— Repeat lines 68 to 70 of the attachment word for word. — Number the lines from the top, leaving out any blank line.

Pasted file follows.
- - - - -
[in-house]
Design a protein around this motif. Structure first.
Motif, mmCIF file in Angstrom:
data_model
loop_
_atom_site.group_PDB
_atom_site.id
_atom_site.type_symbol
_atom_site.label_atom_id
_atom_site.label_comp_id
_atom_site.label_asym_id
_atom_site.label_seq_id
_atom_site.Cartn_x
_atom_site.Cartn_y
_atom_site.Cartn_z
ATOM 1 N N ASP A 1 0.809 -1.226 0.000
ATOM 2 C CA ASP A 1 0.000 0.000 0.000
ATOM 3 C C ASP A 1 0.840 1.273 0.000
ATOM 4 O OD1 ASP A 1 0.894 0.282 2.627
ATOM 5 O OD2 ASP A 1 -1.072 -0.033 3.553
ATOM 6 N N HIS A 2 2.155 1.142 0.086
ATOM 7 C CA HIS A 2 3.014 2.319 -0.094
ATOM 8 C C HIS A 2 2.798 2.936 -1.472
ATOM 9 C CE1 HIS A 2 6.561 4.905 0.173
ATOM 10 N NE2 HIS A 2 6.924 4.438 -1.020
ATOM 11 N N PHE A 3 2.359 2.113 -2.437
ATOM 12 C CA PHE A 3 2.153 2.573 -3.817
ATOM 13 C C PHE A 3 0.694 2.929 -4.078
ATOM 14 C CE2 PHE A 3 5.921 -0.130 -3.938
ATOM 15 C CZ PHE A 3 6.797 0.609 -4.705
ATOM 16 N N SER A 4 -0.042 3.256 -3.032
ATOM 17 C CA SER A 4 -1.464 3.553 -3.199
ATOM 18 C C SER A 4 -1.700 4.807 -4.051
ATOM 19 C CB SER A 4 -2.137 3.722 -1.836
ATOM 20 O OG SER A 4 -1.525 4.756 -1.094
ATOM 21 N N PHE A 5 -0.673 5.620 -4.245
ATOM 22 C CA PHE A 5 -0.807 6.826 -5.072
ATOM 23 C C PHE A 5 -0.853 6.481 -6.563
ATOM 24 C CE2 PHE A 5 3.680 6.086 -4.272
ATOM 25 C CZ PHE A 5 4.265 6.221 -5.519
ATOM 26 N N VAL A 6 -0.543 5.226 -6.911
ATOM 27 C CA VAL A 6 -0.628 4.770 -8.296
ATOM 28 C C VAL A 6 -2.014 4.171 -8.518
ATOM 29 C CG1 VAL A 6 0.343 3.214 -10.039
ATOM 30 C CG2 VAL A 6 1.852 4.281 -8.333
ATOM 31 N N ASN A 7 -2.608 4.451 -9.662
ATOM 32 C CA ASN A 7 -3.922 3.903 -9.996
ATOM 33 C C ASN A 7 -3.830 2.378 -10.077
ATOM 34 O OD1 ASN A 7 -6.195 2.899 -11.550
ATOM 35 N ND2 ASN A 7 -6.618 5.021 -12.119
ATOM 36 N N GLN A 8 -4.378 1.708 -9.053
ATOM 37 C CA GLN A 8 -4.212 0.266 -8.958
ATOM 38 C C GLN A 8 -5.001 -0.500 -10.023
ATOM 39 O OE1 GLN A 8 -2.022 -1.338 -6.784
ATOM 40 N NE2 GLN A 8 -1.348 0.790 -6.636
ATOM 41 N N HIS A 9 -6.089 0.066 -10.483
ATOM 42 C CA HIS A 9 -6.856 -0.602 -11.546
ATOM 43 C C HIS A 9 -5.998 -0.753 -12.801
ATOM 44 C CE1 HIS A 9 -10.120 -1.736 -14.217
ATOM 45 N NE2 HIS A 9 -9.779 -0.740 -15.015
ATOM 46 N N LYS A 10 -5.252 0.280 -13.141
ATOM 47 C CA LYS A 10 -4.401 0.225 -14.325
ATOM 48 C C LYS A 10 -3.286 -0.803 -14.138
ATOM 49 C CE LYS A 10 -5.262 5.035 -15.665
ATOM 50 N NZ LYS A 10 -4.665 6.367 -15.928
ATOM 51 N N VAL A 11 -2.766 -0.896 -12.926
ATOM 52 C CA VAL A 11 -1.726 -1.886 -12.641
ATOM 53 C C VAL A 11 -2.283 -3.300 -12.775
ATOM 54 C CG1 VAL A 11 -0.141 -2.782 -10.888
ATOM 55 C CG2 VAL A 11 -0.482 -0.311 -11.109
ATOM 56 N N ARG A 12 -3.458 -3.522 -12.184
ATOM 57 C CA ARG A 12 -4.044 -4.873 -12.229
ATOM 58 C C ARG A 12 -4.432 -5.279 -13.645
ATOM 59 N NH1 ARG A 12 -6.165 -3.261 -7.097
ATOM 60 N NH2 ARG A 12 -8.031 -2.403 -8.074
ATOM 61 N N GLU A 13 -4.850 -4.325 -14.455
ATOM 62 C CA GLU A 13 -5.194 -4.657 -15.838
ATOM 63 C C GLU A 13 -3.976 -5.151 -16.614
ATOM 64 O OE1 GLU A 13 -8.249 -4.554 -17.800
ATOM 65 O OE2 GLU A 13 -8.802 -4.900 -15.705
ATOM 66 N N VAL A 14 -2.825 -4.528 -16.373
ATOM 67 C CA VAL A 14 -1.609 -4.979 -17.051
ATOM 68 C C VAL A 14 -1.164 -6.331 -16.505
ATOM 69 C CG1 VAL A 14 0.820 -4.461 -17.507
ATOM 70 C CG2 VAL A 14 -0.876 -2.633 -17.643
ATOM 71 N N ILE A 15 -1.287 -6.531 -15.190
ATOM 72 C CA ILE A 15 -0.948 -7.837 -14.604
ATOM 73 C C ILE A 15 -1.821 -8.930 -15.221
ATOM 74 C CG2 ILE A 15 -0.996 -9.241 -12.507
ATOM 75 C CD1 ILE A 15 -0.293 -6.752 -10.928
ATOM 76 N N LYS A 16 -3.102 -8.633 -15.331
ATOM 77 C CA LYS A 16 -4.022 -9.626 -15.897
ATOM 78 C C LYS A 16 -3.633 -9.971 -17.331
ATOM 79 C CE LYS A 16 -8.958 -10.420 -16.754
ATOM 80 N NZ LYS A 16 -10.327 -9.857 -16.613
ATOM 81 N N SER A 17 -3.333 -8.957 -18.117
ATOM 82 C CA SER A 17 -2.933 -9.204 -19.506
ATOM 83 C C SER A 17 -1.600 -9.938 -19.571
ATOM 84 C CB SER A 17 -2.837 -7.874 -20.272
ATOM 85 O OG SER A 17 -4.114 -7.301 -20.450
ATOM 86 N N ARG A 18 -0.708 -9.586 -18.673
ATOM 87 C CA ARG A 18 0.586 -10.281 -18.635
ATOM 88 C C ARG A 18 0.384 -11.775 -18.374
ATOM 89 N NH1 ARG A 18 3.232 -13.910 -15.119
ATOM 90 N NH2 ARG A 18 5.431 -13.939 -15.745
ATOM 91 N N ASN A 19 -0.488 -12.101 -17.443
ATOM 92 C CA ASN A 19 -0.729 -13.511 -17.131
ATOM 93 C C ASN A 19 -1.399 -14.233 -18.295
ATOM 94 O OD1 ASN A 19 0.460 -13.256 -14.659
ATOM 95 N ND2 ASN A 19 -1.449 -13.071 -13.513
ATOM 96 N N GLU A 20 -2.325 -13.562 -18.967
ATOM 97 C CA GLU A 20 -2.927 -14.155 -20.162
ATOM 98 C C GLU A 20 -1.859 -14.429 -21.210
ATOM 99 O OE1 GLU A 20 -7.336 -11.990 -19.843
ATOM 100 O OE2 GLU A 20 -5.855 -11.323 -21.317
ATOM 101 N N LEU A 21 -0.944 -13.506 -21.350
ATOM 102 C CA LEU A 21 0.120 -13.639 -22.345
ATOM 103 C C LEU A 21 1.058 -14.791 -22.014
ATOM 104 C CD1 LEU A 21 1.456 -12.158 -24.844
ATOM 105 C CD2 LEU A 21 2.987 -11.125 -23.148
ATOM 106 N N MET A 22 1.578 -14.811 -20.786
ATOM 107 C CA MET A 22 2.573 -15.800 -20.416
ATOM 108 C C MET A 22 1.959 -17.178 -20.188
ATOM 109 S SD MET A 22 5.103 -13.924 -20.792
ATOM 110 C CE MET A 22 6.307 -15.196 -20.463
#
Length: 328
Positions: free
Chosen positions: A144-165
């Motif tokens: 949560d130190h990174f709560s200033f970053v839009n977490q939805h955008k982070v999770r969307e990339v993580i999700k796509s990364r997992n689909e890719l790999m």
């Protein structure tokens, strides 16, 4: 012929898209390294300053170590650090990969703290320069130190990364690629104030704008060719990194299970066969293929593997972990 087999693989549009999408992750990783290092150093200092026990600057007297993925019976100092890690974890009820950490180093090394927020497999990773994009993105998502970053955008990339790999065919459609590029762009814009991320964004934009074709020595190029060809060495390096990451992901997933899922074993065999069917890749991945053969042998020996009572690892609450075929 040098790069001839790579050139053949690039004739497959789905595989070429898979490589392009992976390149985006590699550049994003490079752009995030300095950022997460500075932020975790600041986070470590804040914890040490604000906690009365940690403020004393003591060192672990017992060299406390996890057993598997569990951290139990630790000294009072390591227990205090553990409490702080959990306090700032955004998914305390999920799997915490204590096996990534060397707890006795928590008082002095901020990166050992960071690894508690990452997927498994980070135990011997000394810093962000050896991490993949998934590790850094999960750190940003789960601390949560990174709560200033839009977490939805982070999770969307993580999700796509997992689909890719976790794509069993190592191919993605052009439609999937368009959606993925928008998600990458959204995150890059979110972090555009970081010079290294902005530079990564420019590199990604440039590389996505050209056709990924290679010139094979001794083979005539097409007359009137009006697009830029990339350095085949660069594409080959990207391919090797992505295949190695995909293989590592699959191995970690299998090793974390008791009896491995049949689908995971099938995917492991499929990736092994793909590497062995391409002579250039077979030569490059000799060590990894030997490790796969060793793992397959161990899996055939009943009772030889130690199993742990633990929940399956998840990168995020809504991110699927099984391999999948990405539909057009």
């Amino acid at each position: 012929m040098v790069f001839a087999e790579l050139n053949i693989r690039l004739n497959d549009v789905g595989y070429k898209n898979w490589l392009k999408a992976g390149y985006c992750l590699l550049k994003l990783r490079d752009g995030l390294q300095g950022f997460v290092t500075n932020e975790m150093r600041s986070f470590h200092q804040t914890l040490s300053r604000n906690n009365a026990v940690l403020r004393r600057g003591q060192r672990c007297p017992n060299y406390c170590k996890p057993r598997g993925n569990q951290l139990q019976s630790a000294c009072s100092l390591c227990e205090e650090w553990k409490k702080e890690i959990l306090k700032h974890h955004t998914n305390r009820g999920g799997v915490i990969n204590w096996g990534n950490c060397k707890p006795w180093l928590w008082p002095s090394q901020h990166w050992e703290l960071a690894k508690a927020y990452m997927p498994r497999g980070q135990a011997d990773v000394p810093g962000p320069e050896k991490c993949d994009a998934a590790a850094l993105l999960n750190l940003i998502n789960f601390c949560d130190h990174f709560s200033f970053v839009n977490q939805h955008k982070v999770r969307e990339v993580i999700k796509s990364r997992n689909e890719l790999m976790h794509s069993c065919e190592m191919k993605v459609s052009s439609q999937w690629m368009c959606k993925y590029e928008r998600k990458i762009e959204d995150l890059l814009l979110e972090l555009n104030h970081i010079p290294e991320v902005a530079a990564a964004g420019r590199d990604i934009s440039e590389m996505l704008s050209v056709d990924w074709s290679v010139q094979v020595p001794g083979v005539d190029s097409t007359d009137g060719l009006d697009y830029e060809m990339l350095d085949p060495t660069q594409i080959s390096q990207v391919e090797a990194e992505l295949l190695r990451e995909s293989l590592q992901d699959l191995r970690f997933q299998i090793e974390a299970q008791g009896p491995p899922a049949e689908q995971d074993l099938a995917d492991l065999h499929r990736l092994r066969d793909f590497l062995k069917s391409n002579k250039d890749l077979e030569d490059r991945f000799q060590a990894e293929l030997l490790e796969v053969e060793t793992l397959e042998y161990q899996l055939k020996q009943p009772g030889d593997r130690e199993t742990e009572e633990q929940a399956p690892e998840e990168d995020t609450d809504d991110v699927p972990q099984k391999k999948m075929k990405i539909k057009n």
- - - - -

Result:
ATOM 53 C C VAL A 11 -2.283 -3.300 -12.775
ATOM 54 C CG1 VAL A 11 -0.141 -2.782 -10.888
ATOM 55 C CG2 VAL A 11 -0.482 -0.311 -11.109